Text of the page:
The Job Search Equivalent of Feng-Shui

Last year, I took a class in "Value Stream Mapping," which is a technique used to analyze the flow of information and materials required to bring a product or service to a consumer. Initially developed by Toyota, Value Stream Mapping is a "lean" manufacturing technique which is now used in manufacturing and other sectors, including product development. Think of it as the Feng Shui for the business world.

My favorite Value Stream Mapping term is Poka-yoke (pronounced "POH-kah YOH-keh"). This is a Japanese term that means "fail-safing" or "mistake-proofing." The idea is that you can avoid inadvertent errors if you set limits on how an operation can be performed in order to force the correct outcome. In cars, examples of poka-yoke engineering include features that make it difficult for us to lock our keys in the car with the ignition running.

I'd love to say I could Poka-yoke your job search completely. But I can't. That being said, I'm a big advocate of research and of the concept of "test driving" your ideas for future career opportunities. The more you know, the more you can reduce the likelihood that you'll make the wrong move.

Here are a few resources that will allow you to explore your interests without commitment:

If you're only seeking a temporary escape you can try a brief stint as a rock star, an elephant trainer, or a Roman gladiator. Travel and Leisure Magazine has a feature on the "World's Quirkiest Adult Camps":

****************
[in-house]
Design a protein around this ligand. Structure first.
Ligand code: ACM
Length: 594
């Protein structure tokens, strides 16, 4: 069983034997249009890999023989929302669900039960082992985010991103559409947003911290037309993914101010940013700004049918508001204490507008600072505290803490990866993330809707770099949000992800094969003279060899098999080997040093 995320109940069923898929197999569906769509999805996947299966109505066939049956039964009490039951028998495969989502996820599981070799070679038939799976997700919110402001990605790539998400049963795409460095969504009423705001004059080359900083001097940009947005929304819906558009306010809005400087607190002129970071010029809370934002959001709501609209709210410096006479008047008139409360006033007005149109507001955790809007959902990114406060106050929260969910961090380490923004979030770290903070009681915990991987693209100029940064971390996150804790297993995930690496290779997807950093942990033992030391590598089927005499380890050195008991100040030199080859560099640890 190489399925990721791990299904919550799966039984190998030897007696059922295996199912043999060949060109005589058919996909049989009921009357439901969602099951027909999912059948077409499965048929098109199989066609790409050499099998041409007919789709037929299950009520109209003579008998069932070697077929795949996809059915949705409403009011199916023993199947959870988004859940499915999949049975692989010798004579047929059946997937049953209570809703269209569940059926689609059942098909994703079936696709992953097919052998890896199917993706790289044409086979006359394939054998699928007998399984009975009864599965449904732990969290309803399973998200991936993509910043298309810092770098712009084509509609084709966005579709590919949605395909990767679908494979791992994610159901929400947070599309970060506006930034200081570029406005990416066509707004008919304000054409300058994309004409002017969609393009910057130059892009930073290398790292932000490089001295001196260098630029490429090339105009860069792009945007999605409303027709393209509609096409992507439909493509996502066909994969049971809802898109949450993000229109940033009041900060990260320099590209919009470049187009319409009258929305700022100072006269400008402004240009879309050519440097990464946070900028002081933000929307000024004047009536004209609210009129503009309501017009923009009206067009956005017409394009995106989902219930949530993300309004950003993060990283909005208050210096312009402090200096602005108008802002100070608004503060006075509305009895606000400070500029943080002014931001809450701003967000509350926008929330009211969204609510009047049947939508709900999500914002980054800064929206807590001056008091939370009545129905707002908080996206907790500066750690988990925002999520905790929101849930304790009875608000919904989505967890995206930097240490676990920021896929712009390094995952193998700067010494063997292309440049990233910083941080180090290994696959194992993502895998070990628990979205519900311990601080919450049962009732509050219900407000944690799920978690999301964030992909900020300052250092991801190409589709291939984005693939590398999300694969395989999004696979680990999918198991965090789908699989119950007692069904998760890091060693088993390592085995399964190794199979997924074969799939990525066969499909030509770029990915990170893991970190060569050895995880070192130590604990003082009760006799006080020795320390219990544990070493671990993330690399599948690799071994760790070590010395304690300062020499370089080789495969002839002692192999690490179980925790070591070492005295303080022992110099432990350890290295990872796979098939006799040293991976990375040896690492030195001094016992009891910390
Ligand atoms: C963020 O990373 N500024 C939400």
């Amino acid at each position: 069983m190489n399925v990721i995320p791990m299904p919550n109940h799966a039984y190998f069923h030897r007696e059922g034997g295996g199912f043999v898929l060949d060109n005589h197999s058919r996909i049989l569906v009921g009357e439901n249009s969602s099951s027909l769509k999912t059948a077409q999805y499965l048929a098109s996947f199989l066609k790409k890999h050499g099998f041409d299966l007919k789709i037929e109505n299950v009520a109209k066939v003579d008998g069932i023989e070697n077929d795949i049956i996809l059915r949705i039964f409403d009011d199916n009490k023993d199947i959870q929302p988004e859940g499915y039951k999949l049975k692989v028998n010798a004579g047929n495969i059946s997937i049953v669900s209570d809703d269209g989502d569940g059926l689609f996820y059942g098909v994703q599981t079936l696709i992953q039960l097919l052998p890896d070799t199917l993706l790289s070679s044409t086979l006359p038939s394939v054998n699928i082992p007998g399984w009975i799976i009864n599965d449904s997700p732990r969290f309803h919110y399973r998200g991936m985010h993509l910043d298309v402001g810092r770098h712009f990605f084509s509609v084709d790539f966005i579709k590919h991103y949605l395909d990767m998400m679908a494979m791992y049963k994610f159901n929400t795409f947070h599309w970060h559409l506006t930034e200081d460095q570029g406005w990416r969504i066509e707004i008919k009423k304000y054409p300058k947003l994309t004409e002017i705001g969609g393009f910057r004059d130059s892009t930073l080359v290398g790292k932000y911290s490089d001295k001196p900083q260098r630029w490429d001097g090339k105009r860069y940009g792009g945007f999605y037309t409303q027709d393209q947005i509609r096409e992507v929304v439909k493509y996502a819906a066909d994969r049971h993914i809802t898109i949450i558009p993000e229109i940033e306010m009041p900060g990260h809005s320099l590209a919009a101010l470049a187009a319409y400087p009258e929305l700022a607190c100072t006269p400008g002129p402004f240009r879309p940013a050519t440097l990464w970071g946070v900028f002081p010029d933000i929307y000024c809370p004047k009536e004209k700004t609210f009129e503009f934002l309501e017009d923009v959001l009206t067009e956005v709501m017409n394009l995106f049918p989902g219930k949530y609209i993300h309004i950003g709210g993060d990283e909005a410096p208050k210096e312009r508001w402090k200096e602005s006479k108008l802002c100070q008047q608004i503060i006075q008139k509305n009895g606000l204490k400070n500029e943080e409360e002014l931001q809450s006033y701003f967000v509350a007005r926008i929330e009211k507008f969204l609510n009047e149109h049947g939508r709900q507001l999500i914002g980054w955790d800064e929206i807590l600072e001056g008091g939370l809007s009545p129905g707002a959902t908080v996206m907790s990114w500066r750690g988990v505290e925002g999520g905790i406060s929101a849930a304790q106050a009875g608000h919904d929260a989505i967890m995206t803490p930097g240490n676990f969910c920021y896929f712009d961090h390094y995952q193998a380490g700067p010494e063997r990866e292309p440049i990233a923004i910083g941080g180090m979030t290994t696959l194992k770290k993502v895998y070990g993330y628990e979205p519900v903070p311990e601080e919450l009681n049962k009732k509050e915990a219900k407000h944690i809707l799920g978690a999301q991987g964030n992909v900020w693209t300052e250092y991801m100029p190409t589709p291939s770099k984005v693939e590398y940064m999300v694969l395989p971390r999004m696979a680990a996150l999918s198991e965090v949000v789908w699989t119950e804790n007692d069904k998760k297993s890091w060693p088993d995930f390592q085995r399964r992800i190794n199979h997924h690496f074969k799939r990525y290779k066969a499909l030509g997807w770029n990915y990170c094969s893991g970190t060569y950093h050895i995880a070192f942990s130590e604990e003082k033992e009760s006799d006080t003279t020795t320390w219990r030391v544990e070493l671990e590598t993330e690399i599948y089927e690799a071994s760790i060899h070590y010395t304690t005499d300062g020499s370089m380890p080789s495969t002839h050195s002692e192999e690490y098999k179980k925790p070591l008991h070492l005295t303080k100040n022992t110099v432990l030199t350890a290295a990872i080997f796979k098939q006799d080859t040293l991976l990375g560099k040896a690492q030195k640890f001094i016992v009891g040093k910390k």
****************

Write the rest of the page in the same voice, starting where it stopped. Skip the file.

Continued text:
VocationVacations offers clients the opportunity to spend between one and three days test-driving a dream career (opportunities range from alpaca rancher and comedy club owner to chocolatier and cheesemonger).

Naturally, these trips come with a cost.

Cheaper alternatives include the more mundane jaunt to your local Barnes and Noble or public library. I also highly recommend the "Library Vacation" as recommended by "Ask the Headhunter" Nick Corcodilos: http://www.asktheheadhunter.com/halibrary.htm

Alternatively, if you're not afraid to ask--consider requesting a private "job shadowing" experience with someone who works in a field of interest to you--or live vicariously.

Sean Aiken, a recent college grad from Vancouver, has spent a year trying out new careers each week and he's sharing his observations with the world: http://www.oneweekjob.com/

Happy hunting,

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